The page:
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Fukushima robot finds lava-like deposits thought to be melted nuclear fuel

July 24, 2017 by  
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Six years after the Fukushima Daiichi meltdowns, there’s still a lot of cleanup to be done. Tokyo Electric Power Company (TEPCO) deployed an underwater robot to assess damage inside the Unit 3 reactor in Japan last week, and the robot obtained images of debris that might be melted nuclear fuel. In some areas, the debris was around three-feet-thick. The robot captured eerie footage of the damaged reactor at Fukushima, spotting what could be melted fuel. It found what the Associated Press described as solidified lava -like lumps and rocks inside the pedestal that rests beneath the core in the Primary Containment Vessel. In some places the fuel was mixed with broken reactor pieces, hinting at a difficult cleanup to come. The multiple-day exploration started last Wednesday and finished over the weekend. Related: Fukushima radiation levels at highest since 2011 disaster TEPCO spokesperson Takahiro Kimoto told the Associated Press they now have to analyze the debris seen in the robot-captured images before they can figure out how to remove it. According to The Guardian, the reactor can’t be decommissioned until all the nuclear fuel has been found and removed – a process that could still span decades. It hasn’t been easy to search for melted fuel at Fukushima due to high radiation levels and damage. TEPCO said the expedition would help them gain a clearer picture of conditions at the damaged reactors that will aid them in cleanup efforts. The International Research Institute for Nuclear Decommissioning developed the robot, which was inserted into the Primary Containment Vessel through what TEPCO described as a pipe designed to guard against radioactive gas escaping. Thrusters on the robot enabled it to move around through the cooling water that’s accumulated inside the structure since 2011. The robot also had front and rear cameras. Via The Guardian and TEPCO Images via International Research Institute for Nuclear Decommissioning/TEPCO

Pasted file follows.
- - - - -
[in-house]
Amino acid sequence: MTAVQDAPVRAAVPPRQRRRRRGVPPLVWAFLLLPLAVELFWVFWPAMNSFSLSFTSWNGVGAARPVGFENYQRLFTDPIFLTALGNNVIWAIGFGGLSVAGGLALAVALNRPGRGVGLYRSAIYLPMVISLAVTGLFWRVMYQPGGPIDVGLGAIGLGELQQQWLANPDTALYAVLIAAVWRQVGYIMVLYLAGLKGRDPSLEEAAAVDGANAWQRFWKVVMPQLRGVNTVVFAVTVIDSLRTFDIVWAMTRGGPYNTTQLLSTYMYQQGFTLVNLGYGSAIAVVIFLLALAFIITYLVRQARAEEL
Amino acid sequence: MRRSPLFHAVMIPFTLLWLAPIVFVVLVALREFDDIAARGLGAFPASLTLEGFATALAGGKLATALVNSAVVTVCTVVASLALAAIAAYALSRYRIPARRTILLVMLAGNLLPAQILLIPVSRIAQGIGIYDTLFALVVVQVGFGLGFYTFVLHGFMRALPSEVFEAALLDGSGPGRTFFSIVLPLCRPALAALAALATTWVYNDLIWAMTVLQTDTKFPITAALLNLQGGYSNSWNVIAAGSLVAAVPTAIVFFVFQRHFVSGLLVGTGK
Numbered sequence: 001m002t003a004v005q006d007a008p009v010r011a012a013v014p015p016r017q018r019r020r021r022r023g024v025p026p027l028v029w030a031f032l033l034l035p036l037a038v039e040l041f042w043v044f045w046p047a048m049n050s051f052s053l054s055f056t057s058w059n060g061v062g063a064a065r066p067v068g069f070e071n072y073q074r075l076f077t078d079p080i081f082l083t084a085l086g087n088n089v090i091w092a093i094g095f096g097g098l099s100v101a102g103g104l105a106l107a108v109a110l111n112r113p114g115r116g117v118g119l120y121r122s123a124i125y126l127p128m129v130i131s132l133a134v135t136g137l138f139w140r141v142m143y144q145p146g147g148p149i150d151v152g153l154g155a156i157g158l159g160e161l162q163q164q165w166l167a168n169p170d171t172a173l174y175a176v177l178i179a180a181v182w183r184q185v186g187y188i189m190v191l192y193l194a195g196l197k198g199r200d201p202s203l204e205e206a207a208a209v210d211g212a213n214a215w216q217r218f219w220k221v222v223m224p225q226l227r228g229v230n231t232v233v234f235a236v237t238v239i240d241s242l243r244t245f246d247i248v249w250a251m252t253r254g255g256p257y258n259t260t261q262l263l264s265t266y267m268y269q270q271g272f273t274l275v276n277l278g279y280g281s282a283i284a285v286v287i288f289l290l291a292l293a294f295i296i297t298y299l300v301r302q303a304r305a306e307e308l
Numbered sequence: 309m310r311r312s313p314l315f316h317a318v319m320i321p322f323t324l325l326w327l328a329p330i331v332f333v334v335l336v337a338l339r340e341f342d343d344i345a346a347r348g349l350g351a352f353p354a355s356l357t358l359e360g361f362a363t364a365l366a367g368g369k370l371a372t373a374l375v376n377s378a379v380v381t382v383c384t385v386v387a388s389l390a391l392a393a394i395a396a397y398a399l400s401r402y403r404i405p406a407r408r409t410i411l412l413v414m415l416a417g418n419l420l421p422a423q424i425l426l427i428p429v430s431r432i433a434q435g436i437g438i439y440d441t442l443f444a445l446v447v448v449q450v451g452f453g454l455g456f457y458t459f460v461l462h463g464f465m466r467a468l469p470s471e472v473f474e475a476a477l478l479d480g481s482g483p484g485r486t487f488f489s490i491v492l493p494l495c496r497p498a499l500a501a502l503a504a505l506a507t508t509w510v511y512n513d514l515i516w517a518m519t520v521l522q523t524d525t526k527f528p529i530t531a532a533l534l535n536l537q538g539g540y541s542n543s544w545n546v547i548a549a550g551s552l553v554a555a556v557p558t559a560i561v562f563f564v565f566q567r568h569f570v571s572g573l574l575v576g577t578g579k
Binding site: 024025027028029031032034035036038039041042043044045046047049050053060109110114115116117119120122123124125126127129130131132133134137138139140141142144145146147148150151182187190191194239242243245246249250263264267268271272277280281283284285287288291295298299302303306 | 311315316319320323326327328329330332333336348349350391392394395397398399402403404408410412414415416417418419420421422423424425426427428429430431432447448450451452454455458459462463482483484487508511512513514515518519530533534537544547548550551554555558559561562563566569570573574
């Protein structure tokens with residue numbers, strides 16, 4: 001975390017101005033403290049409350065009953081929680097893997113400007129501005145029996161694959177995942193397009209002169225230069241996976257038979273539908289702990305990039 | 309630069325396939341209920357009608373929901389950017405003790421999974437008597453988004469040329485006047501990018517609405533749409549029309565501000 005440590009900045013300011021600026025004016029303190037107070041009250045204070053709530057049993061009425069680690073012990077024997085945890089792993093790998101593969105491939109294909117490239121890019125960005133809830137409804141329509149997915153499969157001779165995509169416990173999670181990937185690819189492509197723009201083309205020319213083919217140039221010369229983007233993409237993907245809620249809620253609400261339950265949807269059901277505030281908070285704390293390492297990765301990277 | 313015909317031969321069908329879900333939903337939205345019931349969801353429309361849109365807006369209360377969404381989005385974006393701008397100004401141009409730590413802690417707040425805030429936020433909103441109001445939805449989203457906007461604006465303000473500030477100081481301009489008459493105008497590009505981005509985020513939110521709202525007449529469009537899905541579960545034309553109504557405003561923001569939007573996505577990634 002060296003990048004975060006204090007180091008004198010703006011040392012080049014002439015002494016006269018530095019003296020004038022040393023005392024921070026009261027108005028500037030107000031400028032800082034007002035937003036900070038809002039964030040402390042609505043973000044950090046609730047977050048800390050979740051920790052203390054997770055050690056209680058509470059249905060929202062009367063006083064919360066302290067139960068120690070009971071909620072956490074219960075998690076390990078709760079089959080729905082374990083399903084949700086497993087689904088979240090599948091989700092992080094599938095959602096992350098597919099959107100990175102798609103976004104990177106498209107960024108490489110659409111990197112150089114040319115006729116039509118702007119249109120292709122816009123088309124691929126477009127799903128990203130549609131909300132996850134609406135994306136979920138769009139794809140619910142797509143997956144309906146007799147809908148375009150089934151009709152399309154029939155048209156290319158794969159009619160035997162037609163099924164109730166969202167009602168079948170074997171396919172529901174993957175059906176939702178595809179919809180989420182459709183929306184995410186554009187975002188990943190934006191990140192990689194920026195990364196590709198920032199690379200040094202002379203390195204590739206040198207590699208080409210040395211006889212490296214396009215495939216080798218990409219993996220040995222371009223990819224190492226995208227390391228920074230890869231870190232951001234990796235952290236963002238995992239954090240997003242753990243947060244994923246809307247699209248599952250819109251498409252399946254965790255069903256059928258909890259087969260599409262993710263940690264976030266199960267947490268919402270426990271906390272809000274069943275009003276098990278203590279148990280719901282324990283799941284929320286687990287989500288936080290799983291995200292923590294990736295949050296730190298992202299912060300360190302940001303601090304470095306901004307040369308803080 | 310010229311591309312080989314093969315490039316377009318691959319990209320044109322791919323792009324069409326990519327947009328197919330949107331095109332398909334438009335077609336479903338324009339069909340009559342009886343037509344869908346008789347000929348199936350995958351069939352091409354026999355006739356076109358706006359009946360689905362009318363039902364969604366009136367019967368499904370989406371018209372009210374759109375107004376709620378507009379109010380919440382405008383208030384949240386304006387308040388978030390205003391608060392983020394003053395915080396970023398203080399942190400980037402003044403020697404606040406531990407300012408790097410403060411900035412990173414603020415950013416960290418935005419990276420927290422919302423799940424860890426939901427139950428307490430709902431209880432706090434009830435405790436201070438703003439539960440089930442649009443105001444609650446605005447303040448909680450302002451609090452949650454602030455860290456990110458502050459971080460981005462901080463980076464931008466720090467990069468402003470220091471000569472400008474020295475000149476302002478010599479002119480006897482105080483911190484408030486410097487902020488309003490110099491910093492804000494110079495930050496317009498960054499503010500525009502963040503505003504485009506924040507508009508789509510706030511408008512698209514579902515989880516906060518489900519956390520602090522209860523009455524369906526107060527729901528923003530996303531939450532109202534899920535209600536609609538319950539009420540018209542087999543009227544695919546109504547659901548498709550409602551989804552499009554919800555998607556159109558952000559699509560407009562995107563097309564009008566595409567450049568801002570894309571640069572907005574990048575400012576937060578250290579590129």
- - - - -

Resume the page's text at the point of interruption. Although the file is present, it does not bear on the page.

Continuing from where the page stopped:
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Innovative retractable glass roof can convert a mall into an outdoor space at the touch of a button

July 11, 2017 by  
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Large complexes such as shopping centers, hotels, conference centers aren’t exactly known for their energy-efficient design , but it doesn’t have to be that way. Working under the motto of “indoor comfort, outdoor freedom,” Turkish company Libart has created an innovative retractable ceiling system helps large spaces conserve energy use by letting in natural light and air circulation during good weather and shutting out the harsh weather – essentially converting the complex into an outdoor space at the touch of a button. Large shopping malls and retail complexes have typically been dark, cave-like spaces that don’t allow for much natural light. Libart’s flexible architectural system changes that by bringing natural elements into virtully any space, or according to the company. Large glass panels flood the interior with natural light and illuminate the space naturally, drastically reducing the need for artificial lighting and air conditioning. Perfect for a variety of uses, the attractive sliding glass structures can cover the interior during inclement weather or completely open to enjoy sunny days. Related: Sliding Walls Transform This Tokyo House Into an Office The retractable glass ceiling, referred to as “modern architecture in motion”, is a clean, minimalist structure that enhances almost any interior space, large or small. Custom made, the glass ceiling can be used for any number of buildings, from shopping centers and luxury hotels to industrial warehouses and conference centers. + Libart Images via Libart